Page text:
Imagine you were facing an inquisition and, on pain of torture, mutilation, and exile, they asked you to answer the following question correctly: ‘How many ‘wills’ does Jesus have – one or two?’ Apart from thinking you’d stumbled into a Monty Python sketch, what else might go through your mind? Is that even a question? Isn’t the answer obvious? Is it a trick question? But you’re being pressed now for the correct answer – one or two? And they’re serious. So what’s your answer?
I’m guessing, if you’ve never studied theology, you’re going with one. One will. Jesus had God’s will didn’t he? He always did what the Father wanted him to do, and anyway, he was God, even though he was a man, and it makes no sense to say that he had two, so we’ll go with one. I’m saying one – one will. Am I right?
Well, if you’d given that answer to your inquisitors in Constantinople in 662 AD they’d have slapped you on the back, given you a commendation and a piece of cake and sent you on your way. You were right. Phew! That was lucky.
Only if you’d given that answer in Constantinople in 681 AD, less than 20 years later, you’d have been………..wrong. The answer was two – and it still is.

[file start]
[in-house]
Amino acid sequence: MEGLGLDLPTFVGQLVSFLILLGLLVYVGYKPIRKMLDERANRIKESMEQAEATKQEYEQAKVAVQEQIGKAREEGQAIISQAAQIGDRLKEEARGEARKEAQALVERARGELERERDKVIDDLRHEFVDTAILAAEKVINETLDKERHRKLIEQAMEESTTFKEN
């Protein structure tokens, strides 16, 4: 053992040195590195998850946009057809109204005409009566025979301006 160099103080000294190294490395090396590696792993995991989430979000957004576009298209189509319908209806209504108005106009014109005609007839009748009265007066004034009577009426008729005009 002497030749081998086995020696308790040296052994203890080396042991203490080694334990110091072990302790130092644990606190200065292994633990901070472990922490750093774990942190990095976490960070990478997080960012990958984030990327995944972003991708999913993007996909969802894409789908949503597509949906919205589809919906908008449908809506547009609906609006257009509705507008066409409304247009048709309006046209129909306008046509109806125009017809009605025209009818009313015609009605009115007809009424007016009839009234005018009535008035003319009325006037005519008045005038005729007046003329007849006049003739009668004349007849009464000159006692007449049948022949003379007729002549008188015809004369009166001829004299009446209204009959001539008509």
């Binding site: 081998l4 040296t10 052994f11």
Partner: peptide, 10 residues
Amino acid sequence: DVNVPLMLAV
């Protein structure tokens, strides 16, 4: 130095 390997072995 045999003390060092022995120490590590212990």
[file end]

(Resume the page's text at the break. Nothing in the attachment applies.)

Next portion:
What? How and why did that happen?
This did actually happen. An elderly monk called Maximus faced a trial where he was told that if he didn’t agree with the emperor’s ruling that Jesus only had one will (a divine will), that he and his disciples would be exiled. He couldn’t agree. Maximus believed that as the incarnate Son, Jesus Christ had two wills – a divine will and a human will. He was exiled to Thrace in 655 and told to keep his subversive ideas quiet, except he didn’t. He was hauled back in 661 and cross-examined. He dug his heels in. Jesus Christ had two wills. As a punishment, he had his tongue ripped out and his right hand cut off so he could no longer speak or write his dreadful heresy. He was exiled again and died soon after on August 13th, 662. Shocking, hey?
What’s more shocking is that less than 20 years later, a council was called, and they changed their minds! Maximus was right after all. Jesus Christ had two wills – a divine will and a human one – and so it stands. No wonder he was made a saint.
There were politics involved. Of course there were politics. This time between the East and the West, the Roman and the Byzantine church, and Maximus was on the wrong side of the political divide. But it wasn’t just that. In amongst the political wranglings this was a row about who God is in Christ, and how he saves us. This is why Maximus dug his heels in, and why he was prepared to lose his precious tongue and his precious hand – all for the sake of an idea.
What is it about Christian doctrine, what we believe about God and why, that becomes a matter of life and death – literally? This is a fascinating question. In following posts, I’ll explain why Maximus was prepared to die for his idea. I’ll look at why the idea of Jesus having two wills wasn’t and still isn’t a dry and fusty academic debate, and why the Eastern church made a decision in the end that this was, in fact, the correct answer.